New coalition: No change in citizenship and migration policies ({{commentsTotal}})

SDE chairman Jevgeni Ossinovski, Center Party chairman Jüri Ratas, and IRL chairman Margus Tsahkna in Kadriorg on Thursday morning. Source: (Rene Suurkaev/ ERR)
News
News

The new coalition announced that it would continue with Estonia’s present citizenship policy. It also declared that it didn’t and wasn’t planning to support the European Union’s migration quotas, and with it the redistribution and resettlement program.

In the coalition agreement approved by the Center Party, the Social Democrats, and IRL on Saturday, the three parties confirm their intention to maintain Estonia’s present citizenship policy. This means that children born to stateless parents in Estonia will become Estonian citizens by naturalization at the moment of birth.

Also, all children of undetermined citizenship under 15 years of age will become Estonian citizens by naturalization. Minors with more than one citizenship must decide themselves when they reach adulthood which citizenship they want to give up.

The government coalition also wants to guarantee quality Estonian-language courses to Russian-speaking residents to help raise their Estonian proficiency to the necessary level. “We will establish Estonian language houses in Narva and Tallinn that will offer free Estonian courses, develop language materials, and so on,” the agreement states.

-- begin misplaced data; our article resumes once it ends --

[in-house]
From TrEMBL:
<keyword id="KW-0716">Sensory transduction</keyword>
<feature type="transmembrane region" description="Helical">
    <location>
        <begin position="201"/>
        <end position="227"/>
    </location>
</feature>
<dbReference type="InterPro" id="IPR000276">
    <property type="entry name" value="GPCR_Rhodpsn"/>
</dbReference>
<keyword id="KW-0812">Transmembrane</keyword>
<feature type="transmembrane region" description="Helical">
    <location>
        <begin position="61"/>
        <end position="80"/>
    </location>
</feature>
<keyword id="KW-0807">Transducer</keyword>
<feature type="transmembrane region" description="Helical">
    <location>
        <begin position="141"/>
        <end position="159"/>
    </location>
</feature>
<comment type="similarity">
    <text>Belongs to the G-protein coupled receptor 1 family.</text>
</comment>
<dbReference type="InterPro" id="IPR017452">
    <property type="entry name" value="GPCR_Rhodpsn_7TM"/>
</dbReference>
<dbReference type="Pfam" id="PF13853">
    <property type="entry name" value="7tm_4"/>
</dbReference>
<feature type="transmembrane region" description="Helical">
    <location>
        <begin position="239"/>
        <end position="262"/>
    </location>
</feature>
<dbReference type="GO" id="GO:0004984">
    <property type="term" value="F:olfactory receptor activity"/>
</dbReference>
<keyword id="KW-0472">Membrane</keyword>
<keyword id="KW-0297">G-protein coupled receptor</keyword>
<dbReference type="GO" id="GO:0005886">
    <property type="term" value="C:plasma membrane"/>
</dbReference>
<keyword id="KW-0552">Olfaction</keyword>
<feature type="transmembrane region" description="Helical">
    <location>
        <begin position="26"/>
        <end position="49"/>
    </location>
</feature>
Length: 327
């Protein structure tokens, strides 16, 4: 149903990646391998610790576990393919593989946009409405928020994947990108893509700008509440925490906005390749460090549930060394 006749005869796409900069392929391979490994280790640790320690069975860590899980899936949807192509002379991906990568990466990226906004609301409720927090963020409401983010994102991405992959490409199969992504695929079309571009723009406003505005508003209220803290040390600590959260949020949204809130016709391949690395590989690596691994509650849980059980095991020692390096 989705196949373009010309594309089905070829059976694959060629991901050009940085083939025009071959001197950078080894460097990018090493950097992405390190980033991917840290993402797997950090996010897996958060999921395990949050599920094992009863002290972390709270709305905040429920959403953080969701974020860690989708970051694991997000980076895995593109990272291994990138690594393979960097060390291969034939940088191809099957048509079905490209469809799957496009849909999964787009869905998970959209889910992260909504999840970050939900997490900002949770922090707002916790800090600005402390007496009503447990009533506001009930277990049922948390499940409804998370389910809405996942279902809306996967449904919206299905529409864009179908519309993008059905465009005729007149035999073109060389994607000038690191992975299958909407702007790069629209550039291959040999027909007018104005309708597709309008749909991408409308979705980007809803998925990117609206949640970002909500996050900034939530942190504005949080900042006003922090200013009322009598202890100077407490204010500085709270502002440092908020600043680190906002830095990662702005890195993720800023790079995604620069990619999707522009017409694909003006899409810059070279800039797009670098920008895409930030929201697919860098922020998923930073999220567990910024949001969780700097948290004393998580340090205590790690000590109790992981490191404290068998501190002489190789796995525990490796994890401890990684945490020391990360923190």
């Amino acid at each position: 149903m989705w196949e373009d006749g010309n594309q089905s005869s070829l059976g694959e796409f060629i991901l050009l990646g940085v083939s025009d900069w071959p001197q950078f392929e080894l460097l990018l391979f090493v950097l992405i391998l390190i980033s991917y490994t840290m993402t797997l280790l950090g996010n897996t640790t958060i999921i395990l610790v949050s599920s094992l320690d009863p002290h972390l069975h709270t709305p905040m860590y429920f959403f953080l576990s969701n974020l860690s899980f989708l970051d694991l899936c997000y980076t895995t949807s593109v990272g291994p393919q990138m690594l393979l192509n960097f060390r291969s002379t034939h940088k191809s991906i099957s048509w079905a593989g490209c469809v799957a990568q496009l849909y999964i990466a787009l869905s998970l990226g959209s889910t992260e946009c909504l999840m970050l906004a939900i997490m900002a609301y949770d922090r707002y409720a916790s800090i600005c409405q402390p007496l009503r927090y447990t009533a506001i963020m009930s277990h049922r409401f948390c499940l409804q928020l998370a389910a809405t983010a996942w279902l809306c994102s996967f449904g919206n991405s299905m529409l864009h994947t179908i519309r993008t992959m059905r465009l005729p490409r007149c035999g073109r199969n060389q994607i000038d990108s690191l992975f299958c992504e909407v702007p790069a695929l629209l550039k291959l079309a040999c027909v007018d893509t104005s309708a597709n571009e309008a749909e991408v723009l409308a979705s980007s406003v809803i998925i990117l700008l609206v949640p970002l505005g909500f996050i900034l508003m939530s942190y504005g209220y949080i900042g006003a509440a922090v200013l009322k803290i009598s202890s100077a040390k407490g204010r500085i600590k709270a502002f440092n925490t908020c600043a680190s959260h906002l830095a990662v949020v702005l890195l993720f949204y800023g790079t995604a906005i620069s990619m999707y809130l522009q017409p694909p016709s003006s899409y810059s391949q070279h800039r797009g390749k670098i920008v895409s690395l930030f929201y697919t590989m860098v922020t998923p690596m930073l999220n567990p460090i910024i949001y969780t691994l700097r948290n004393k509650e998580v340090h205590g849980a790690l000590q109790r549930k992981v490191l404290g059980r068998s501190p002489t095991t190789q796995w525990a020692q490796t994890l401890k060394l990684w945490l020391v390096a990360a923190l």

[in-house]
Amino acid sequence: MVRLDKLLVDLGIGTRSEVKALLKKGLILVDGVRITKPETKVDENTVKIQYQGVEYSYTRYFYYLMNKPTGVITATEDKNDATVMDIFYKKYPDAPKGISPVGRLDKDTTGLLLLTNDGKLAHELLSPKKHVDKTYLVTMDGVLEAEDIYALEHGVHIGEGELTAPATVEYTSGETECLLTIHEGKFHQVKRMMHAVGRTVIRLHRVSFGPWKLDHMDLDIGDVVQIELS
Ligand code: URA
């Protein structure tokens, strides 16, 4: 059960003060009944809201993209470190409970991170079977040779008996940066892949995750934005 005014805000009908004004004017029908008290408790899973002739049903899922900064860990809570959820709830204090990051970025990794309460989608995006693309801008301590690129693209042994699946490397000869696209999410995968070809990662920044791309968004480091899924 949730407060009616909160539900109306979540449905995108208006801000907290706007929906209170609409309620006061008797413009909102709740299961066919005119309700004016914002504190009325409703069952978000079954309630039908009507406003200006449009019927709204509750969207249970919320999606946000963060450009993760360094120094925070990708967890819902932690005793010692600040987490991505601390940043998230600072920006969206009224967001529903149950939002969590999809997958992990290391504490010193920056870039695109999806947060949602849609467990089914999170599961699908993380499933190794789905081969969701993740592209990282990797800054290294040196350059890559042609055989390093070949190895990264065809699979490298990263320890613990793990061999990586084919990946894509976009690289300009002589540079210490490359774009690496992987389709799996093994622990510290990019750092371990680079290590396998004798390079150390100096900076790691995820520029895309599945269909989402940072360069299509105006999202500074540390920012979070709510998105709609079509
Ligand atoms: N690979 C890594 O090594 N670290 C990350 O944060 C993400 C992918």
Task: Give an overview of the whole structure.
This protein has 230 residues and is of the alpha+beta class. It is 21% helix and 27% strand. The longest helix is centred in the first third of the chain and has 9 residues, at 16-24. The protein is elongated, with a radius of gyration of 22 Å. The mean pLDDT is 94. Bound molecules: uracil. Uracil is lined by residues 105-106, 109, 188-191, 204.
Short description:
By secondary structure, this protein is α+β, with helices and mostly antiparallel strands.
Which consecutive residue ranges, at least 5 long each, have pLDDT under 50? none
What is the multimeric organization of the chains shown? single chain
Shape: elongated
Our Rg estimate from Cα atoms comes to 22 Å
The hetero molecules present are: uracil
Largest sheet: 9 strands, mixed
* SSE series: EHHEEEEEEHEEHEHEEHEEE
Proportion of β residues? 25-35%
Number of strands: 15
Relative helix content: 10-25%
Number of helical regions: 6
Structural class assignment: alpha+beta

Raising the quality of Estonian proficiency in kindergartens and schools will become a national priority, and the coalition promises to guarantee access to necessary study materials as well as carry out teacher training.

The new government also wants to raise awareness among Russian-speaking residents of the legal environment as well as guarantee access to legal aid.

New coalition doesn’t support migration quotas

In the agreement the coalition also confirms that it would continue with Estonia’s present migration policy, and that it doesn’t support the obligatory quota system for the relocation and resettlement of asylum seekers.

The coalition also wants to provide security authorities with the necessary means to counteract activities that pose a danger to Estonia’s security, and to contribute to cooperation with Estonia’s allies in terrorism prevention.

Editor: Editor: Dario Cavegn



{{c.alias}}
{{c.createdMoment}}
{{c.body}}
{{cc.alias}}
{{cc.createdMoment}}
+{{cc.replyToName}} {{cc.body}}
No comments yet.
Logged in as {{user.alias}}. Log out
Login failed

Register user/reset password

Name needs to be fewer than 32 characters long
Comment needs to be fewer than 600 characters long
{{comment.captcha.word.answer}}

news.err.ee

Opinion
Estonia’s way into the future isn’t a race

There is a lack of connection between the Estonian state, and the people who live here. While it expects a lot of the state, Estonian society doesn’t seem ready to contribute, writes Viktor Trasberg.

Lotman: Security academy would be crucial Estonian identity point in Narva

In an opinion piece published by Eesti Päevaleht, Tallinn University professor Mihhail Lotman found it important to overcome the mental barrier separating Ida-Viru County from the rest of Estonia.

About us

Staff & contacts | Comments rules

Would you like to contribute an article, a feature, or an opinion piece?

Let us know: news@err.ee